Tuesday, June 28, 2005

Happily Ever After is for Fairy Tales

Don't get me wrong. I think all fiction should have a happy ending. Yes, that's a generalization, and one that, of course, does not hold true for everyone. Some really good books have downer endings. I just don't want to read them.

But the whole Happily Ever After thing is a pet peeve for me. It's often referred to in publishing circles as HEA, and usually related to romance. It's an obvious reference to "...and they all lived happily ever after" and, in my strident, never-humble opinion, that's the main reason people like Oprah say romances aren't realistic.

The words Happily Ever After imply that nothing bad will ever happen to the couple that got together during the course of the book. That neither will ever make a mistake, that they won't encounter challenges that test the fiber of their relationship, that they will live fairy-tale lives.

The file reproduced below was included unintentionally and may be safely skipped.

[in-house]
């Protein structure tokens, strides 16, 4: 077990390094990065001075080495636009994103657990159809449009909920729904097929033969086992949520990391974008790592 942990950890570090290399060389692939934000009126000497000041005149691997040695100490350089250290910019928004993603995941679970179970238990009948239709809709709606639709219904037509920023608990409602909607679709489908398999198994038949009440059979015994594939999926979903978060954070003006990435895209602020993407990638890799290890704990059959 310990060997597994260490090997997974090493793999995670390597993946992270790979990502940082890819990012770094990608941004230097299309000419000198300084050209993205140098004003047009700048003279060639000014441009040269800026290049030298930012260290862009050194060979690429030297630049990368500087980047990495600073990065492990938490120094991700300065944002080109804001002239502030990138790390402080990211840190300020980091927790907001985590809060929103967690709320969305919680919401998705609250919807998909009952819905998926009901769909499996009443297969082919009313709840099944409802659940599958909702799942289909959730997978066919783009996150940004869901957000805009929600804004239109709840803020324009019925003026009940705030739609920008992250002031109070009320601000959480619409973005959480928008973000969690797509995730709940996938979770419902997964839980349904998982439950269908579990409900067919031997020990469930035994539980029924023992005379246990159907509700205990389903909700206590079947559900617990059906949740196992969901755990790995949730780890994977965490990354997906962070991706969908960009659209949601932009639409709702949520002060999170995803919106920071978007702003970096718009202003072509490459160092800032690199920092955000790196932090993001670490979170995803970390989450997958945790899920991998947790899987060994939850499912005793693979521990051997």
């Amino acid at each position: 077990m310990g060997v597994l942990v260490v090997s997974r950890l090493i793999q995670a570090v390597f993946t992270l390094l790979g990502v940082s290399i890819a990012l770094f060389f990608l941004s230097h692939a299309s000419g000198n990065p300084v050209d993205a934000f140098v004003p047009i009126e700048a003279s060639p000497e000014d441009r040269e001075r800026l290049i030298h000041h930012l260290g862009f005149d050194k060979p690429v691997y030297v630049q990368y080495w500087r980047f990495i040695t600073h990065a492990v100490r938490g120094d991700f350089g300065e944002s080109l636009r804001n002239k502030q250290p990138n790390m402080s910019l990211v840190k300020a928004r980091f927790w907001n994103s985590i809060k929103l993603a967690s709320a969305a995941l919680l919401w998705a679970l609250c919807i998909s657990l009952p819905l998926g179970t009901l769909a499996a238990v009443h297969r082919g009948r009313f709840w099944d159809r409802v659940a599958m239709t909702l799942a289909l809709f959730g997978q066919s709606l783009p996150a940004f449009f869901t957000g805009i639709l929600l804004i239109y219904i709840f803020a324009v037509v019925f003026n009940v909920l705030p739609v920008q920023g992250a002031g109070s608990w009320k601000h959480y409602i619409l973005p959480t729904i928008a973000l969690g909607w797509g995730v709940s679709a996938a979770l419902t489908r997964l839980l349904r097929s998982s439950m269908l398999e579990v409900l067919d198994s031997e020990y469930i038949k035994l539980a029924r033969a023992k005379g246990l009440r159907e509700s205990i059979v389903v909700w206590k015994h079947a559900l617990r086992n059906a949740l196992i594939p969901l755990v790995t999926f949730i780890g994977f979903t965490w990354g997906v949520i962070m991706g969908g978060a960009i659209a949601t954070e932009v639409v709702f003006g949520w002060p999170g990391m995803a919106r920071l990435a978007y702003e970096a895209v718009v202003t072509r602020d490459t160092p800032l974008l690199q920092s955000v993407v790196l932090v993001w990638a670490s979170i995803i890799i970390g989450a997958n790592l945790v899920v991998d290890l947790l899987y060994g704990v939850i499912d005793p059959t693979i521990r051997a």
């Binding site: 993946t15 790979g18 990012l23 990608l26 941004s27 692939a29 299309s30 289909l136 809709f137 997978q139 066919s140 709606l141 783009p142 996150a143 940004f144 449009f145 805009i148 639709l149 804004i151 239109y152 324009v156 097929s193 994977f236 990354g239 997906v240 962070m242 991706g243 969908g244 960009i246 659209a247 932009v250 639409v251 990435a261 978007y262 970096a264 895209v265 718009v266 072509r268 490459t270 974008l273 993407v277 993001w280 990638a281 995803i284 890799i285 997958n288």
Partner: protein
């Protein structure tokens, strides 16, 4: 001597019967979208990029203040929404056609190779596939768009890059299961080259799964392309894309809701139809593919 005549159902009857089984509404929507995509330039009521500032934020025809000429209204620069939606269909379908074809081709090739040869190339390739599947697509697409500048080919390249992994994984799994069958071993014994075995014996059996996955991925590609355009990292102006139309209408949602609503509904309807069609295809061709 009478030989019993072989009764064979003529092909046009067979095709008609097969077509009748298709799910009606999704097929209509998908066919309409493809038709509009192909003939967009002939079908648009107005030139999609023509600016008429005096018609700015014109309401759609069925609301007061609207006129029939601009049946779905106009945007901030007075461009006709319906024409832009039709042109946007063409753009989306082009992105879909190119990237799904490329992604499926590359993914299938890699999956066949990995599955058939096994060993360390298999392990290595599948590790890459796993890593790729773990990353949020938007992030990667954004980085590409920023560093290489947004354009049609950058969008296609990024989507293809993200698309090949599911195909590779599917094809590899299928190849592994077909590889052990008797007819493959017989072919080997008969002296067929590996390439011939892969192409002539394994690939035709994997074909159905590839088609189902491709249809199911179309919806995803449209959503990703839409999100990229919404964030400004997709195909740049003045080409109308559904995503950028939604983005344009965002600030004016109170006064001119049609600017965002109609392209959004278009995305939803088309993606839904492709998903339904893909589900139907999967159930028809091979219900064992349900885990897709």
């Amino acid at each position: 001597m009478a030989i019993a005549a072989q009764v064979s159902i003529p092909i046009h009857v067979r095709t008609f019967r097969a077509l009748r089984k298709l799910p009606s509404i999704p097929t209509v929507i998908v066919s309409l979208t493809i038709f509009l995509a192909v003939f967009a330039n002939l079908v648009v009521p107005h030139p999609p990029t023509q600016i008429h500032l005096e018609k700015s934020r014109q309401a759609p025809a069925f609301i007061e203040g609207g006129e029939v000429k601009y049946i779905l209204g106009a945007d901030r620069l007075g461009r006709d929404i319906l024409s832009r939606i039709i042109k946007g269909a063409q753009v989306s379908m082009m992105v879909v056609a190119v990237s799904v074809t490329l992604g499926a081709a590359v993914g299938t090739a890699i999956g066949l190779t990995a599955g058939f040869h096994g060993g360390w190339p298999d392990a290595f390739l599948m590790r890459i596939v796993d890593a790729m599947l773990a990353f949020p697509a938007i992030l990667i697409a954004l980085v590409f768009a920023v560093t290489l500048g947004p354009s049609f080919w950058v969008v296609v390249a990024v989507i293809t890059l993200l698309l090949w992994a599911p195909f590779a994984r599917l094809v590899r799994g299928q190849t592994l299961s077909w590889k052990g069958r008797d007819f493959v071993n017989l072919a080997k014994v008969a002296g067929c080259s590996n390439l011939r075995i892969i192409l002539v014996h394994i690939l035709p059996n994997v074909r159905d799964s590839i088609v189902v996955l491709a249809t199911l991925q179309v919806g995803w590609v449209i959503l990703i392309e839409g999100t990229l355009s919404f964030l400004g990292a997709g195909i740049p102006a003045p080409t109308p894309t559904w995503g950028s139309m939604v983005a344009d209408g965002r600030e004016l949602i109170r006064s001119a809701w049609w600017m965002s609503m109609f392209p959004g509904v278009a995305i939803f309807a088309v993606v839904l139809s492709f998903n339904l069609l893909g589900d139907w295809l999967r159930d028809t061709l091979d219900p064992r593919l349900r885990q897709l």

I much prefer the term Happy Ending. That means the book ends on a positive note. That the couple did achieve a new level of commitment in their romance, defeated the bad guy, met their goals, whatever. But it also means that hopefully, they have the strength to face those previously described challenges as a team. That when bad things happen--as they always do--they just might get through them whole.

So I cringe whenever I see someone in the industry mention happily ever after. I fear it trivializes not only our genre, but the real-life ups and downs we all face in our everyday lives, and which we try so hard to depict with realism.

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